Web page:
Spring Forward: Kent State Health Services Major Devotes Spring Break Trips to Helping Others for Four Years and Counting | Kent State University

Spring Forward: Kent State Health Services Major Devotes Spring Break Trips to Helping Others for Four Years and Counting

Office of Experiential Education and Civic Engagement offers Alternative Spring Break for the service-minded

During spring break the last four years, while his friends were basking on a beach or blowing off steam in Las Vegas, Jake Addessi was helping to renovate a community building in the Ninth District of New Orleans or packing up food for the hungry in Chicago.

The senior health-services major has participated in Alternative Spring Break (ASB) through the Kent State University’s Office of Experiential Education and Civic Engagement for each of his four years at Kent State. The ASB program exposes students to social justice and cultural issues through direct service. Students are immersed in the communities they visit, so they gain a deeper understanding of different cultures and the challenges people from disadvantaged communities often face.

“These trips take you out of your comfort zone,” said Addessi, 22, of North Canton. “They open your eyes to a world that you have had no experience with. You have to do your best to put yourself in the shoes of others who may not be in the most ideal circumstances. You strive for realization and unconditional compassion for others.”

Senior Jake Addessi’s spring break memories include feeding the poor and helping to renovate a building damaged in a Hurricane.  Addessi has taken part in Alternative Spring Break trips for four straight years.

Addessi has taken weeklong ASB trips to Buffalo, Chicago, Youngstown and, most recently, New Orleans, where he helped restore a community center that was destroyed by Hurricane Katrina. Hard work is part of every trip, but Addessi said he came away from each location with more than he gave.

In Buffalo, his reward was a conversation with an elderly man, who shared stories of his struggle with addiction and homelessness. In Chicago, he had the honor of waiting tables at Inspiration Café, where men and women in need are served restaurant-style meals in an atmosphere of dignity and respect. In every city, he said, he gained perspective.

“We have this beautiful campus, and when you’re here every day and you’re in the loop of things, you might complain about little things here and there,” Addessi said. “And I totally get it. But when you go to these places on alternative spring break, you start to appreciate every little thing you have, and you don’t worry as much about the sink draining too slow. It just puts things into perspective.”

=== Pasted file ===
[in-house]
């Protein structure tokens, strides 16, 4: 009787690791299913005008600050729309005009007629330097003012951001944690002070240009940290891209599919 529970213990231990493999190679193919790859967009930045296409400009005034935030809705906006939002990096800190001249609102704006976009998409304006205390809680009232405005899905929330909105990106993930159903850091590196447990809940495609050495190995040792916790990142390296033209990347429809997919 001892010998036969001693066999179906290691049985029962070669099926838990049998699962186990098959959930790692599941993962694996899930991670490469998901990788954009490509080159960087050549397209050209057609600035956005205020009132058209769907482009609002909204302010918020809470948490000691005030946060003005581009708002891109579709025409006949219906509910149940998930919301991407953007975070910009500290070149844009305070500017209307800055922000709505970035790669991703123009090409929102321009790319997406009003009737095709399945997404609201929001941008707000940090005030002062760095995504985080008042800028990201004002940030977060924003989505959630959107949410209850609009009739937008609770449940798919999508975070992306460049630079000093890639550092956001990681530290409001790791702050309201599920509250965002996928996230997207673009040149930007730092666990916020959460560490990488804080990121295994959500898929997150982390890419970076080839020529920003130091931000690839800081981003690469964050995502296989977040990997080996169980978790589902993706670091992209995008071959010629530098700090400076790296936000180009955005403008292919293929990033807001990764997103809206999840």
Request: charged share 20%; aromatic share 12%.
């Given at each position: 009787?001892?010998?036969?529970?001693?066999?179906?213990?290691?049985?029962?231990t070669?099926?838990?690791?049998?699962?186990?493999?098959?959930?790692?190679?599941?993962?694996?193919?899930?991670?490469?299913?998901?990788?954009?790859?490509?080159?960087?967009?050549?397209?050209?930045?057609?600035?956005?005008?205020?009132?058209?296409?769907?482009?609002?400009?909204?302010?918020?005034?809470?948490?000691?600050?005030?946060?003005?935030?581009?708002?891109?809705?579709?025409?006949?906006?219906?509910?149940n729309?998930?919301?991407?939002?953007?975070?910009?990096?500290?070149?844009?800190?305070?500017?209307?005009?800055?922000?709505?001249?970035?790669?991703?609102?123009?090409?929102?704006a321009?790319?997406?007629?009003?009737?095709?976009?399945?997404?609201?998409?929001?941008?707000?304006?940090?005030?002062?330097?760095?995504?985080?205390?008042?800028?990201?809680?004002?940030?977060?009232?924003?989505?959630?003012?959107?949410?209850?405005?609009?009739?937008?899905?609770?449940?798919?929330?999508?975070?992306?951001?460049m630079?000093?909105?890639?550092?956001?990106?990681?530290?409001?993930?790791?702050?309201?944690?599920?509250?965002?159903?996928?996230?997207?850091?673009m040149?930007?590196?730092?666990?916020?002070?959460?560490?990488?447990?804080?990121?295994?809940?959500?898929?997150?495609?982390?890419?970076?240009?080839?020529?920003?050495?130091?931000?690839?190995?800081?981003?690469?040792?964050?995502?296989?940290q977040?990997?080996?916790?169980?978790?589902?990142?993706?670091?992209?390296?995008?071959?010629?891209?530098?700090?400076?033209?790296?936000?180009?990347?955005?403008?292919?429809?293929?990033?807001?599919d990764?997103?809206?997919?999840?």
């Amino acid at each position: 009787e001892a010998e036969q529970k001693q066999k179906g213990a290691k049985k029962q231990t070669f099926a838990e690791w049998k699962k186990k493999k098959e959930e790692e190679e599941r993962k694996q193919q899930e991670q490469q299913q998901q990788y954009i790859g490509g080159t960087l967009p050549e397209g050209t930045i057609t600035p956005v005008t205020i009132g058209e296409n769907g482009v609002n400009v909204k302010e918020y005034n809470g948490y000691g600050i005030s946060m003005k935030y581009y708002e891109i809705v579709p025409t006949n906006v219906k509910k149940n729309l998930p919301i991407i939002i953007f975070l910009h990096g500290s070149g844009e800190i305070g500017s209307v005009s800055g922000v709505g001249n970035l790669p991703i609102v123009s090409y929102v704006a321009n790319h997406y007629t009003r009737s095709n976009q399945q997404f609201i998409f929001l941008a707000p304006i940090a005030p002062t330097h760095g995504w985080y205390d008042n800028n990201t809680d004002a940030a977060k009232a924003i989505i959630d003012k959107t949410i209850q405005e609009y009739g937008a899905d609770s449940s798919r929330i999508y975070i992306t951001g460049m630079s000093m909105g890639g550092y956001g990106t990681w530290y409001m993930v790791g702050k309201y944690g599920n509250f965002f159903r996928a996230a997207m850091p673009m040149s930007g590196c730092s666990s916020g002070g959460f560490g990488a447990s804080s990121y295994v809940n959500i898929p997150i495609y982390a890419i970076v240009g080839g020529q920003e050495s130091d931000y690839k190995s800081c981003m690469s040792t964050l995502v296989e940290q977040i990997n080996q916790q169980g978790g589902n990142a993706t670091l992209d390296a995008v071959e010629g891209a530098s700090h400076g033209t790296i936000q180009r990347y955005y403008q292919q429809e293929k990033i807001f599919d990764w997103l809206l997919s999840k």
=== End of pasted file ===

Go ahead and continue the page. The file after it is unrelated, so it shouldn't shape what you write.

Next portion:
Addessi said caring for others and giving back to society are themes his family exposed him to from an early age. He learned about Kent State's ASB program from his mother, a Licensed Practical Nurse at the Veteran's Administration Outpatient Clinic in Canton.

Alexandra Ulbricht, assistant director of the Office of Experiential Education and Civic Engagement, says Addessi’s extraordinary dedication to the program has been an inspiration to others. For this reason, she said, he has been asked to serve on the program’s Student Service Leader staff.

“Jake has gone above and beyond in his commitment to service through the ASB program,” Ulbricht said. “We hear wonderful feedback from our students about their life-changing experiences on these trips, and some come back for more. However, Jake’s level of commitment to participating for four years has made him a role model and leader.”

Students leave ASB with skills and experiences that potential employers value. At least one organization already has invited Addessi to apply for an internship. But, he said, the chance that this work may help him with future opportunities is a bonus, not the goal.

“We know when we go on these trips that we aren’t going to cure everything or make everything better, but we are one step toward it,” Addessi said. “Yes, we do help. But we get a lot out of it, too.”

Ulbricht said she has known students who have come back from ASB and are so moved by the experience that they change their majors.

“I have seen these trips impact students in so many positive ways, from gaining the confidence to speak up for what they believe in to finding their passion through serving others,” Ulbricht said. “Witnessing students in these critical and sometimes life-changing moments has been such a joy, and I think it defines what we are about here in the Office of Experiential Education and Civic Engagement.”

Addessi, who is planning at least one more ASB trip as a Student Service Leader, said he isn’t sure exactly what he will be doing in 10 years, but he knows he will be helping others. After he graduates from Kent State and leaves the ASB program behind, he intends to find other service organizations where he can volunteer his time.

“This isn’t just about helping others or traveling,” Addessi said. “These trips are very powerful, but only if you allow them to be. They show you things that you aren't used to and enrich your life in a way you couldn't even expect or imagine.”

POSTED: Monday, May 8, 2017 - 9:56am
UPDATED: Monday, May 8, 2017 - 11:04am
WRITTEN BY:
Candace Goforth DeSantis